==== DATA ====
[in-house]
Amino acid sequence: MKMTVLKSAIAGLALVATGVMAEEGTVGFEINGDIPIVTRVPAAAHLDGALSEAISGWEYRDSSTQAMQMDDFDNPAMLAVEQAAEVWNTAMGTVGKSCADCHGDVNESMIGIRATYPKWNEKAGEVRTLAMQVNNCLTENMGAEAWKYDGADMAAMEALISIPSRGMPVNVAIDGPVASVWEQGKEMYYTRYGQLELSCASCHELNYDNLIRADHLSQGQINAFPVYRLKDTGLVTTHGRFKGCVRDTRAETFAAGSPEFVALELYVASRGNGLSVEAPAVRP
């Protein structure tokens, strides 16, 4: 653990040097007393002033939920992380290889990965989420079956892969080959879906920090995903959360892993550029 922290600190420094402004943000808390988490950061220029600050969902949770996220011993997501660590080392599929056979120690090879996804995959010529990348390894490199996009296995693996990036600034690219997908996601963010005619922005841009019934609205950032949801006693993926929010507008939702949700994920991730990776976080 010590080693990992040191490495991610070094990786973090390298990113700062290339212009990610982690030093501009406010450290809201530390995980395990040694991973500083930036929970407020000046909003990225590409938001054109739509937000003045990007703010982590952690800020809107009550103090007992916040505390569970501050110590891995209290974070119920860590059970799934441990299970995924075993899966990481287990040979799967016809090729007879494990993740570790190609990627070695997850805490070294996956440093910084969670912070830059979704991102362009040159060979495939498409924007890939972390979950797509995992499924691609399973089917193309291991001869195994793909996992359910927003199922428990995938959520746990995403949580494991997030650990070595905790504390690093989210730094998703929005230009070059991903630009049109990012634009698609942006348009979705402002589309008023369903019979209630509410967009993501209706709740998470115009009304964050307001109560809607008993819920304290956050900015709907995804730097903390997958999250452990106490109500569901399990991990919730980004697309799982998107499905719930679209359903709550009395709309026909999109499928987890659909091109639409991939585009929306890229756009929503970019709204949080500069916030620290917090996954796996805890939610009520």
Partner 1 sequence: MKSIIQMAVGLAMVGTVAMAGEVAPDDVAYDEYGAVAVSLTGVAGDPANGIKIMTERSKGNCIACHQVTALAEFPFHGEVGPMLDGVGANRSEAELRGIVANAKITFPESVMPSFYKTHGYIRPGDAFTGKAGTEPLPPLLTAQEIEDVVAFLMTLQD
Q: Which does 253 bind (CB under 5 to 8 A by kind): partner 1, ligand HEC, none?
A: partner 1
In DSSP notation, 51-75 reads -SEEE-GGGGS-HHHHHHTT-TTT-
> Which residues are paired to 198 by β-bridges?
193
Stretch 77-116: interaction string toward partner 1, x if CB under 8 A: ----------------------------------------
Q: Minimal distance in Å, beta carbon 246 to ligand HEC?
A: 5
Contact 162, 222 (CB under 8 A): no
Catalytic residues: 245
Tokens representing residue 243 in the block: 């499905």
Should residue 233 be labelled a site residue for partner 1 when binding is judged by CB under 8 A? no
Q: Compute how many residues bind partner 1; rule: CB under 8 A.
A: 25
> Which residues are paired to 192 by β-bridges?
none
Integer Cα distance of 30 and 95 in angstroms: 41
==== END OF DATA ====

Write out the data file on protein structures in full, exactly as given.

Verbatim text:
[in-house]
Amino acid sequence: MKMTVLKSAIAGLALVATGVMAEEGTVGFEINGDIPIVTRVPAAAHLDGALSEAISGWEYRDSSTQAMQMDDFDNPAMLAVEQAAEVWNTAMGTVGKSCADCHGDVNESMIGIRATYPKWNEKAGEVRTLAMQVNNCLTENMGAEAWKYDGADMAAMEALISIPSRGMPVNVAIDGPVASVWEQGKEMYYTRYGQLELSCASCHELNYDNLIRADHLSQGQINAFPVYRLKDTGLVTTHGRFKGCVRDTRAETFAAGSPEFVALELYVASRGNGLSVEAPAVRP
């Protein structure tokens, strides 16, 4: 653990040097007393002033939920992380290889990965989420079956892969080959879906920090995903959360892993550029 922290600190420094402004943000808390988490950061220029600050969902949770996220011993997501660590080392599929056979120690090879996804995959010529990348390894490199996009296995693996990036600034690219997908996601963010005619922005841009019934609205950032949801006693993926929010507008939702949700994920991730990776976080 010590080693990992040191490495991610070094990786973090390298990113700062290339212009990610982690030093501009406010450290809201530390995980395990040694991973500083930036929970407020000046909003990225590409938001054109739509937000003045990007703010982590952690800020809107009550103090007992916040505390569970501050110590891995209290974070119920860590059970799934441990299970995924075993899966990481287990040979799967016809090729007879494990993740570790190609990627070695997850805490070294996956440093910084969670912070830059979704991102362009040159060979495939498409924007890939972390979950797509995992499924691609399973089917193309291991001869195994793909996992359910927003199922428990995938959520746990995403949580494991997030650990070595905790504390690093989210730094998703929005230009070059991903630009049109990012634009698609942006348009979705402002589309008023369903019979209630509410967009993501209706709740998470115009009304964050307001109560809607008993819920304290956050900015709907995804730097903390997958999250452990106490109500569901399990991990919730980004697309799982998107499905719930679209359903709550009395709309026909999109499928987890659909091109639409991939585009929306890229756009929503970019709204949080500069916030620290917090996954796996805890939610009520």
Partner 1 sequence: MKSIIQMAVGLAMVGTVAMAGEVAPDDVAYDEYGAVAVSLTGVAGDPANGIKIMTERSKGNCIACHQVTALAEFPFHGEVGPMLDGVGANRSEAELRGIVANAKITFPESVMPSFYKTHGYIRPGDAFTGKAGTEPLPPLLTAQEIEDVVAFLMTLQD
Q: Which does 253 bind (CB under 5 to 8 A by kind): partner 1, ligand HEC, none?
A: partner 1
In DSSP notation, 51-75 reads -SEEE-GGGGS-HHHHHHTT-TTT-
> Which residues are paired to 198 by β-bridges?
193
Stretch 77-116: interaction string toward partner 1, x if CB under 8 A: ----------------------------------------
Q: Minimal distance in Å, beta carbon 246 to ligand HEC?
A: 5
Contact 162, 222 (CB under 8 A): no
Catalytic residues: 245
Tokens representing residue 243 in the block: 């499905």
Should residue 233 be labelled a site residue for partner 1 when binding is judged by CB under 8 A? no
Q: Compute how many residues bind partner 1; rule: CB under 8 A.
A: 25
> Which residues are paired to 192 by β-bridges?
none
Integer Cα distance of 30 and 95 in angstroms: 41